White Sands Missile Range (WSMR) Century

Discussion in 'Recumbent bicycles' started by Bandjhughes, Apr 14, 2003.

Thread Status:
Not open for further replies.
  1. Bandjhughes

    Bandjhughes Guest

    I rode the first annual White Sands Missile Range Century --108 miles actually--this past weekend on
    my V-Rex (incidentally it was also my first century). Let me give it a plug for next year's ride.
    WSMR is a restricted range, so it's a very rare occasion for the public to get a chance to view it
    and you really don't want to miss this opportunity if you're fortunately enough to find yourself
    anywhere near New Mexico or West Texas this time next year. BTW, I think you need to be a US citizen
    also. WSMR is absolutely gorgeous: miles and miles of totally unspoiled Southwest desert wilderness,
    colorful desert flowering plants, cactus, rock formations, mountains, critters large and small
    (including those that slither and sun themselves on the pavement). Despite mountains in almost every
    direction, the course is remarkably flat—about 80% of the course had a level grade. The only climb
    was a gradual 900-foot rolling hill that you climb from about 40 miles to the mid waypoint. There is
    no humidity and very comfortable. And best of all, there was no traffic or motor vehicles at all
    (except for a few safety vehicles associated with the ride). There were about 200 riders, but only
    three bents including myself (the others were a Strada and a Greenspeed trike). Hope to see more
    bents next year.

    If you want to here how it went for me, read on... My only problem with the ride was caused by my
    stupidity. I drove down Friday with my family as kind of a camping trip, that was fun but my wife
    and two young kids were reluctant to get up early for the ride Saturday. As a result, I was one of
    the last riders to get on the course. I'm still a little kid at heart and even though this is a ride
    not a race and my late start, I couldn't help it and I pedaled hard enough to work myself towards
    the front. By the mid-way point, there was only a couple of riders left in front of me. By the time
    I hit the 79-mile stop, I was the second bike to arrive, but I was also physically shot from pushing
    into a 20 mph headwind and trying to go too fast--I guess I had the hitting the wall feeling. When I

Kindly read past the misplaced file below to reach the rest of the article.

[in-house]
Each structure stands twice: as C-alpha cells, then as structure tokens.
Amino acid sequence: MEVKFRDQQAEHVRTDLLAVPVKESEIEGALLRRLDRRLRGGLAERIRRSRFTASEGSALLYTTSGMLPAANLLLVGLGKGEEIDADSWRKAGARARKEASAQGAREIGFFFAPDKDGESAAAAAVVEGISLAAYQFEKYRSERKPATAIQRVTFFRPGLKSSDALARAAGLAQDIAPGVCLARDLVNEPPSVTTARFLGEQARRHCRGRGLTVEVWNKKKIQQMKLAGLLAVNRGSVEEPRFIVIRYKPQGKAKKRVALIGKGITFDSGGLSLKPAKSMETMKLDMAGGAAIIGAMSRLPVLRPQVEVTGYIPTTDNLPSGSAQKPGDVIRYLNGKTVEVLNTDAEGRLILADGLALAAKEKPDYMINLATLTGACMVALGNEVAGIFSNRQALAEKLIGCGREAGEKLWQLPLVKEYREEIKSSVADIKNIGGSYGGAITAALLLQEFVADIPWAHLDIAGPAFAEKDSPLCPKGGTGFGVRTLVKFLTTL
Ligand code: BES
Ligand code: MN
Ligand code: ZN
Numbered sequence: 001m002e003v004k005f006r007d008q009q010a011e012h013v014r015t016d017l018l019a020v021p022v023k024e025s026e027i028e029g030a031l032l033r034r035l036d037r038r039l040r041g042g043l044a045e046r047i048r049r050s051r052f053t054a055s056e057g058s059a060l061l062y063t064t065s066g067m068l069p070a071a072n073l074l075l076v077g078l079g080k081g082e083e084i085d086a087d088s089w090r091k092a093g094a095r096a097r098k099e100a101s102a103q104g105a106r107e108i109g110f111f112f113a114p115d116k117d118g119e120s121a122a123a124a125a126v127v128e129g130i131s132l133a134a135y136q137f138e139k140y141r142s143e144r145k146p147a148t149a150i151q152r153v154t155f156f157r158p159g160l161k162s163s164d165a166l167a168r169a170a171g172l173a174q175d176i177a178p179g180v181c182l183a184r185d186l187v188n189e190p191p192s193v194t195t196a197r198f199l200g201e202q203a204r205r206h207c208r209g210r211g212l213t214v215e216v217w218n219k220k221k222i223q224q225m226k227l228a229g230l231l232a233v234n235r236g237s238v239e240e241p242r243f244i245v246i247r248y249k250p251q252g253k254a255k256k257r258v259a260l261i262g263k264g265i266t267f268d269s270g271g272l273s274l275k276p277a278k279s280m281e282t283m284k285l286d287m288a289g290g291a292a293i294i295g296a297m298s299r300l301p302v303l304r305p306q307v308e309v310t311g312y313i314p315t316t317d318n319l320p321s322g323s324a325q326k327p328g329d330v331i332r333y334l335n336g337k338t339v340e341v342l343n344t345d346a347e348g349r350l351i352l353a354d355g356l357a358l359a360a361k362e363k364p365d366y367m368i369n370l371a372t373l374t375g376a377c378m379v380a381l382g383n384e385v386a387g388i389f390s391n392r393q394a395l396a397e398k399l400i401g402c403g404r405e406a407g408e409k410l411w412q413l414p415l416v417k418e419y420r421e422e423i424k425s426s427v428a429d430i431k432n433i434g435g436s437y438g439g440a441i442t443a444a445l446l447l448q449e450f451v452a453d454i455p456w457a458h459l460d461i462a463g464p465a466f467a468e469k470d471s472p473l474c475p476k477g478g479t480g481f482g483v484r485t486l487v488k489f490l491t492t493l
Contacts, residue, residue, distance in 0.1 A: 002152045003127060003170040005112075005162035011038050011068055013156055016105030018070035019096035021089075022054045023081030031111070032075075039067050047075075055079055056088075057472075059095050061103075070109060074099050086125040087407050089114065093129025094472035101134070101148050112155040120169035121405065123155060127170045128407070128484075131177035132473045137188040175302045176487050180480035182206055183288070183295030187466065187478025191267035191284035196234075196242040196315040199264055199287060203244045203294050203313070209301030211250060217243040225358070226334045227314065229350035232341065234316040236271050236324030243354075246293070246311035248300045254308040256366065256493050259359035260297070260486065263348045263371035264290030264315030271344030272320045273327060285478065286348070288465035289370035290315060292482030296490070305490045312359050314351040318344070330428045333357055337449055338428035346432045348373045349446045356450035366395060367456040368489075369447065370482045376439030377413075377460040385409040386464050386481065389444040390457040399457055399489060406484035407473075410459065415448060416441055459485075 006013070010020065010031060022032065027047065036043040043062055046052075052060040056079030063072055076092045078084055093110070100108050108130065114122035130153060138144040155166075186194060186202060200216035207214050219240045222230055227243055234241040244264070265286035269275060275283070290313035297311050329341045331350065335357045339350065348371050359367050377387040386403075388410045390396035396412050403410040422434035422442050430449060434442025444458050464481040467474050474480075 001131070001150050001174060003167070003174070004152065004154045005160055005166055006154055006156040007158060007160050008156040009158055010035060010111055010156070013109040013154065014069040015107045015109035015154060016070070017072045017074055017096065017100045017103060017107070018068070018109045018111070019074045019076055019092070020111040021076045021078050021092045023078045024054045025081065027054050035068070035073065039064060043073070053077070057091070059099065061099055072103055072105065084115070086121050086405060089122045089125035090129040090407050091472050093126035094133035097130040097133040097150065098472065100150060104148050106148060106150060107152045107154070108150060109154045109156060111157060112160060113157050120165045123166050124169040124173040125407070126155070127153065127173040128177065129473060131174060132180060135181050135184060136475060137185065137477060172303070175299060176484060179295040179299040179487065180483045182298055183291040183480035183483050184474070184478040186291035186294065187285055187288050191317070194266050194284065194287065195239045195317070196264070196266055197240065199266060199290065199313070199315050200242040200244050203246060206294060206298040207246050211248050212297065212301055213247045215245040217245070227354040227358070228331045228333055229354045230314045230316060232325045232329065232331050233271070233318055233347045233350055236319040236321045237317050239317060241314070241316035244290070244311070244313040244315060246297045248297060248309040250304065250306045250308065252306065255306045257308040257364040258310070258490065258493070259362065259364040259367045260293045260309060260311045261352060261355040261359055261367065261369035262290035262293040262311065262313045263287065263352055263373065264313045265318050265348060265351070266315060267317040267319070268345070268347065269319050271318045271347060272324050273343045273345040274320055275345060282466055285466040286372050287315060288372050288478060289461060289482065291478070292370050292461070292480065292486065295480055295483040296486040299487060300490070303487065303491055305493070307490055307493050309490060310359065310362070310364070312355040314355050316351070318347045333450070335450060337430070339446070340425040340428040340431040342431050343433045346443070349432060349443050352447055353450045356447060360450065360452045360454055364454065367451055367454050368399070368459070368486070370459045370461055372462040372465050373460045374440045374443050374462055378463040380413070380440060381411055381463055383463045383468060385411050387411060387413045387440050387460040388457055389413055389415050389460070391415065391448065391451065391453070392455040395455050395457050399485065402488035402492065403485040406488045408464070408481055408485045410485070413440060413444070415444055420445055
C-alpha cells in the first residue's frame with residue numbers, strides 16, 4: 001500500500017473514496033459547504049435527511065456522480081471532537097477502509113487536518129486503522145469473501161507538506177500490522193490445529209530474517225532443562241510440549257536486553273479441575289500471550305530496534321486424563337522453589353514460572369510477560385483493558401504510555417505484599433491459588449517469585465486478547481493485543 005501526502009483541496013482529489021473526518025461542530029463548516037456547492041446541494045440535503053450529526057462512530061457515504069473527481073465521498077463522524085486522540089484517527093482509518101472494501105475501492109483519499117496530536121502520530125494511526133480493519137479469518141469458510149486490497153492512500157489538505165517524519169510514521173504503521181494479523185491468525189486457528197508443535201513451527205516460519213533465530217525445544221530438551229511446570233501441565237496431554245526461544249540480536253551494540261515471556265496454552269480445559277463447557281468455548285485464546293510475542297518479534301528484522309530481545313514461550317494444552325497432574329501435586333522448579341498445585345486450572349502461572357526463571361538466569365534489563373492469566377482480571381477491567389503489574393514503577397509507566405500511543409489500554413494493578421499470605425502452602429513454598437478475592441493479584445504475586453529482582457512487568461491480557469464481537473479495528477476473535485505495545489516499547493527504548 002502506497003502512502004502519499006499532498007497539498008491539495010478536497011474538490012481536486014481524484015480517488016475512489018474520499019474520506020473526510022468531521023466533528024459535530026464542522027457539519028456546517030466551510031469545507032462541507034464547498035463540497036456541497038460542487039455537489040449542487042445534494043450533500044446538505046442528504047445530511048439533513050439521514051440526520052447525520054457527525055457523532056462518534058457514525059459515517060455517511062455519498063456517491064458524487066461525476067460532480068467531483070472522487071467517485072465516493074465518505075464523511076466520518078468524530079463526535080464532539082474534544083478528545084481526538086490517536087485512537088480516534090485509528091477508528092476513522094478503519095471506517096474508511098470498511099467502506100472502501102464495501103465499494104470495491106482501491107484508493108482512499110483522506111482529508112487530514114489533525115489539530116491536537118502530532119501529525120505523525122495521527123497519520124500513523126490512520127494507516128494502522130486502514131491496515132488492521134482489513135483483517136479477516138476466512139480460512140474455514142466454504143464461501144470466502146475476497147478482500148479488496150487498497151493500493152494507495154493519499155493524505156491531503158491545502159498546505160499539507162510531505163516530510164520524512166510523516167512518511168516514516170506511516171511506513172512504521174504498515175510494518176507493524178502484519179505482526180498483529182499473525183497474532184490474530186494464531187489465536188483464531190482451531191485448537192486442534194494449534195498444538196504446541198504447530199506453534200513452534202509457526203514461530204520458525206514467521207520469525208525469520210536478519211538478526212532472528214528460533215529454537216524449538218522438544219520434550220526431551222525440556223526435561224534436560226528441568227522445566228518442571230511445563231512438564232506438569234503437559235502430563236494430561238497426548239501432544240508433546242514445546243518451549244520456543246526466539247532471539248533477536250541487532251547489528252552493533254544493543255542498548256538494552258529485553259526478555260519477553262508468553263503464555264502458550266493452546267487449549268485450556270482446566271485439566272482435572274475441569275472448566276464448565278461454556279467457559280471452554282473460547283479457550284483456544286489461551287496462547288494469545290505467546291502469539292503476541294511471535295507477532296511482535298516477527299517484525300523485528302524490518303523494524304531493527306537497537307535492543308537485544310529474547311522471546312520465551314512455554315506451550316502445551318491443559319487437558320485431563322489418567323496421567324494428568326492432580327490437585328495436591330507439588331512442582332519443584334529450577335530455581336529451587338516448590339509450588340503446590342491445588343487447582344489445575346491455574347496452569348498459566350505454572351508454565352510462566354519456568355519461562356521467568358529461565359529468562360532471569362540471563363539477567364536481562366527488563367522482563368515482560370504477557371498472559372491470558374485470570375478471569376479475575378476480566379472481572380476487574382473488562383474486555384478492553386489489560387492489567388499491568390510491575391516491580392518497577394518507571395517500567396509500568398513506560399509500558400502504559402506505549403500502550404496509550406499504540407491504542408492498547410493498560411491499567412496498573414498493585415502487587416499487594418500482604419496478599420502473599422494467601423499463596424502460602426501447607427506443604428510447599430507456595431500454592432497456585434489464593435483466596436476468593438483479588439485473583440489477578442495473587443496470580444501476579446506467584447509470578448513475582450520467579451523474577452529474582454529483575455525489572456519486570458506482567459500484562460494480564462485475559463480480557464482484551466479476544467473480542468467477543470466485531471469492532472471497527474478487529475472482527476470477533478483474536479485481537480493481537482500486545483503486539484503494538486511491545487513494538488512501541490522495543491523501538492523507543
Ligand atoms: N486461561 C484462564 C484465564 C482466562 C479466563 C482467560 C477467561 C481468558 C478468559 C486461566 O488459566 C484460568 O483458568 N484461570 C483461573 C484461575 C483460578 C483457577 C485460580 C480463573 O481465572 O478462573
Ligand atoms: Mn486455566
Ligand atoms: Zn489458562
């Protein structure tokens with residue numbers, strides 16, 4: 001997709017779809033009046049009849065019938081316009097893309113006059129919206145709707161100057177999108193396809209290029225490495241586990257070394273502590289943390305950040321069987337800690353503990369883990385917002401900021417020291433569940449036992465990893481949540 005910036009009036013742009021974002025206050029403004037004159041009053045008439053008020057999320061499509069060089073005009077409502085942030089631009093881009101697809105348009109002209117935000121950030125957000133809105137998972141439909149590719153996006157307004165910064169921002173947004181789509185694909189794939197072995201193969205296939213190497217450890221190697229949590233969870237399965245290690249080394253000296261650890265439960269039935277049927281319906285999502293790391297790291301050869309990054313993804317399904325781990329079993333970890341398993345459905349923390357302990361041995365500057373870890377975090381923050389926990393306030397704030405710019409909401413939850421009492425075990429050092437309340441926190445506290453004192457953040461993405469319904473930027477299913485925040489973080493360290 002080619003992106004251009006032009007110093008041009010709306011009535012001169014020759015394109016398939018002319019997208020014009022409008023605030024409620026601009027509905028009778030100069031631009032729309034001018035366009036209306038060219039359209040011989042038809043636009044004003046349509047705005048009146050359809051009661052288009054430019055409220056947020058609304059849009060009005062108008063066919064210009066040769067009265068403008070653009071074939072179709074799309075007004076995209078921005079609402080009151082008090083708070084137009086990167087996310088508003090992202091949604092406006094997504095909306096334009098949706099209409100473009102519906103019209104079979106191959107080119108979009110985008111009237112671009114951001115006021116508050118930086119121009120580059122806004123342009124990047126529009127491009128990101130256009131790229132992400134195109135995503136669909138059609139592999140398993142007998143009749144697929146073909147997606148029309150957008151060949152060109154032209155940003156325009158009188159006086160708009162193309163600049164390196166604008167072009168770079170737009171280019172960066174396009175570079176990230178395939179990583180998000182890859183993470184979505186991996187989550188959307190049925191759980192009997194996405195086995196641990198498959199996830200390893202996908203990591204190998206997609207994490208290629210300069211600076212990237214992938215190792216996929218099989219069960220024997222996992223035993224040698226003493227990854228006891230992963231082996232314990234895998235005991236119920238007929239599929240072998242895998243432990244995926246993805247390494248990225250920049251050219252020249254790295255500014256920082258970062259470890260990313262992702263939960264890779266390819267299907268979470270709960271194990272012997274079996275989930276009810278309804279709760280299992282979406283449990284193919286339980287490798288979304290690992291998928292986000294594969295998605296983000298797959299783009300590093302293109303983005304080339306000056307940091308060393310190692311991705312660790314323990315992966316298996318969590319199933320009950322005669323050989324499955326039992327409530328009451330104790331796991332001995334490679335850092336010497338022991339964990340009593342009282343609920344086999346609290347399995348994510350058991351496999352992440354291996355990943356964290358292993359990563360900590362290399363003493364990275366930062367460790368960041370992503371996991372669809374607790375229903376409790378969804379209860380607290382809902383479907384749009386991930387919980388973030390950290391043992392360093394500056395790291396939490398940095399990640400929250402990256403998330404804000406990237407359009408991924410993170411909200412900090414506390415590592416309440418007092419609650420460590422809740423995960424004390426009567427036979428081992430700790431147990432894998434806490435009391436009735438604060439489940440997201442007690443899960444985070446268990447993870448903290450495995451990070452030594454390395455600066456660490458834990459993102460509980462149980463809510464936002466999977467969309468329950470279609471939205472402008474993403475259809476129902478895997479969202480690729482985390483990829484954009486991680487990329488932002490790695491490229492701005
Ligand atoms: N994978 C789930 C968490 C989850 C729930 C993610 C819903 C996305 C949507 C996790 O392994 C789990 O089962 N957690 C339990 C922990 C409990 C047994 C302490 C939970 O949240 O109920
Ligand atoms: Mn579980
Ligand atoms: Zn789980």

got off my bike to stretch, I felt wobbly and a little sick. I filled up my water bottle, set it
    down on the table and drank some Gaterade. My body just wasn't in a hurry to push off again and I
    stayed at the rest stop a little longer than planned. After watching several other riders come in,
    make their stop and pushed off again, I decided it was time to suck it up and finish this thing. So
    I got on the V-Rex and actually felt a little better once I was riding again. Then about 4 miles
    down the rode (25 miles remaining) I reached back for my water bottle. Guess what?, it was still
    sitting on the table back where I left it at the last rest stop. I didn't know if I should turn
    around and make this into a 116 mile ride or keep pressing towards the finish. I was so thirsty I
    wanted to cry, but I couldn't afford the moisture. Anyway, I kept going and it was probably the
    worst 25 miles I ever had on a bike. Along with my incredible thirst, everything else started to
    hurt. Luckily when I finally arrived back at the start/finish my wife was there and handed me one of
    those great big gulps from Burger King--which I sucked down in about a half second. Then I got
    another water bottle and sucked that down, and started on yet another. I hope to never make a
    mistake like forgetting my water bottle in the middle of the desert again.

    Brian V-Rex/Tailwind
     
    Tags:


  2. I done the London to Brighton ride in the UK last year only 58 miles but there was 27000+ riders on
    it and I only saw 10 bents including my own.

    It is a sad thing when you are one of so few.

    Lee

    "bandjhughes" <[email protected]> wrote in message
    news:[email protected]...
    > I rode the first annual White Sands Missile Range Century --108 miles actually--this past weekend
    > on my V-Rex (incidentally it was also my first century). Let me give it a plug for next year's